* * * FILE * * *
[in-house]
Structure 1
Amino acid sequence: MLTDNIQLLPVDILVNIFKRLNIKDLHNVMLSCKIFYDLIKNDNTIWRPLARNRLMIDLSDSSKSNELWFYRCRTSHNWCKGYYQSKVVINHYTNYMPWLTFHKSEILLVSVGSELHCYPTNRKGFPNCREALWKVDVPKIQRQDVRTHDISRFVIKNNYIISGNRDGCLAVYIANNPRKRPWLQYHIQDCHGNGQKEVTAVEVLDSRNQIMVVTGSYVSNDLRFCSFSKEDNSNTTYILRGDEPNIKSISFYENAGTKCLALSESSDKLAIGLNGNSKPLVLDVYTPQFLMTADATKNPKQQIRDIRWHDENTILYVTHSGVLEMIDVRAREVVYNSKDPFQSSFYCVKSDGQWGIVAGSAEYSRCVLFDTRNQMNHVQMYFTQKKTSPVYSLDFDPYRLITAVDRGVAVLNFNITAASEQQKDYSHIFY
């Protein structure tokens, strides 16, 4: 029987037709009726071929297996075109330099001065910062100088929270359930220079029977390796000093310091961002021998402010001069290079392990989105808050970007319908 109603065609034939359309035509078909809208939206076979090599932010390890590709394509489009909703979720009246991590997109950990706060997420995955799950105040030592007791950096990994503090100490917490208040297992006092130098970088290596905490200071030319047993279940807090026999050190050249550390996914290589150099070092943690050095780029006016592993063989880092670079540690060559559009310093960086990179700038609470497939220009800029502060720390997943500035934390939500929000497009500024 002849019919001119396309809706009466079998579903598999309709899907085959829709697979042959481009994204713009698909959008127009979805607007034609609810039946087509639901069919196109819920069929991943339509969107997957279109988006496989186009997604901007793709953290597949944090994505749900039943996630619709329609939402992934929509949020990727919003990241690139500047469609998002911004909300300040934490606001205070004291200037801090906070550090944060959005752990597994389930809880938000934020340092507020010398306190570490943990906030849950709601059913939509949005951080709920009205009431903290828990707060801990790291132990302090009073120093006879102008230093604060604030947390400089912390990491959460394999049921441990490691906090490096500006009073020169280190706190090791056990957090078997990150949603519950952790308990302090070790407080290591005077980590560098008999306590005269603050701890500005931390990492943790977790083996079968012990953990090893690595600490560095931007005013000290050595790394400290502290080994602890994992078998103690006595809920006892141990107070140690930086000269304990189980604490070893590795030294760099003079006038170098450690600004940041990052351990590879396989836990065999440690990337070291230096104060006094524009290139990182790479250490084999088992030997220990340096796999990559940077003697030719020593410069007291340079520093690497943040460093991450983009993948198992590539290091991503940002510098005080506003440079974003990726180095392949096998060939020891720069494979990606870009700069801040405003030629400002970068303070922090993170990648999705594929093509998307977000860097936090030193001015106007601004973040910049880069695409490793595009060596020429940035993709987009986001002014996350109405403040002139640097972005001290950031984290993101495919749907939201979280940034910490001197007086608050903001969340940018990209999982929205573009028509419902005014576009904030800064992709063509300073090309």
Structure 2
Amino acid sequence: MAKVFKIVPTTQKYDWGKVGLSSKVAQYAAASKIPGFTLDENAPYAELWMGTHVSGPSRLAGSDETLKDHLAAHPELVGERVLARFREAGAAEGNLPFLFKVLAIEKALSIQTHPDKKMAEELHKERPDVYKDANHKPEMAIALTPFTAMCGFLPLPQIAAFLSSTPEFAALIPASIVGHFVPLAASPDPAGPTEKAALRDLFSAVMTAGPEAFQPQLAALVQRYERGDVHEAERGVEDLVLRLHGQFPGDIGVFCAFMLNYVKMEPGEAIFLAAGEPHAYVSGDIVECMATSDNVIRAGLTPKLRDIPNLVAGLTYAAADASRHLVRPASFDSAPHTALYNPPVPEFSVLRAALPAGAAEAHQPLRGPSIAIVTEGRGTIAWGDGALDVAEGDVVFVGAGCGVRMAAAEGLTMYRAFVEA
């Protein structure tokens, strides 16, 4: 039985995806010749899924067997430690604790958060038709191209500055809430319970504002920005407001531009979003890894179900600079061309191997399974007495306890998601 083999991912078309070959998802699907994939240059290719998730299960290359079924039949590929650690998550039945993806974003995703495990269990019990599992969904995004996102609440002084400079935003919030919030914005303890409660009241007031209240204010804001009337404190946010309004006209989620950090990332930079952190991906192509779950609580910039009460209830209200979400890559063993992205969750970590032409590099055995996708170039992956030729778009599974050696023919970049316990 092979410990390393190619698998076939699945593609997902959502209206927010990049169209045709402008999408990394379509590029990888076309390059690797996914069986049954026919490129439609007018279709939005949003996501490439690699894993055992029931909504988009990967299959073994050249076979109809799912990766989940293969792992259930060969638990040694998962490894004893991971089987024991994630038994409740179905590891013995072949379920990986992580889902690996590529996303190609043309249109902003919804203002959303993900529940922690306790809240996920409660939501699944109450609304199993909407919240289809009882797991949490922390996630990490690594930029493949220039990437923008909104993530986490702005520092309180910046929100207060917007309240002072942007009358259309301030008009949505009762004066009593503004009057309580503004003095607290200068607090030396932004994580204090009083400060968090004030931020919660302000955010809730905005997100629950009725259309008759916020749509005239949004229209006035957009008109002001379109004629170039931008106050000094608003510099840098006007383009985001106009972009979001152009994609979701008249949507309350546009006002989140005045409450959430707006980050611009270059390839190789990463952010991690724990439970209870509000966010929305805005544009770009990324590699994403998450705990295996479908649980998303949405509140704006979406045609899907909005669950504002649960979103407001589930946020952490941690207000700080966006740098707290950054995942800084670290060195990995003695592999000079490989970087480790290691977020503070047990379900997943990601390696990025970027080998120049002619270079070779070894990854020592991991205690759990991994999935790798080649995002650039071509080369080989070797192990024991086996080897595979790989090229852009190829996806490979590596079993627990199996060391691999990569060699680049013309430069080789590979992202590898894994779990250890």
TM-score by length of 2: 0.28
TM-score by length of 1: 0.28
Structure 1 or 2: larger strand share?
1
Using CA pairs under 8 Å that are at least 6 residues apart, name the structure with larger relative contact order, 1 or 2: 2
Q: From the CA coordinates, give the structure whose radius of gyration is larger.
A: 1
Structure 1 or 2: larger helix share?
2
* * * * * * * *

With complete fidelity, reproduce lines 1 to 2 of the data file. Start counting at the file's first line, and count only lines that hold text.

[in-house]
Structure 1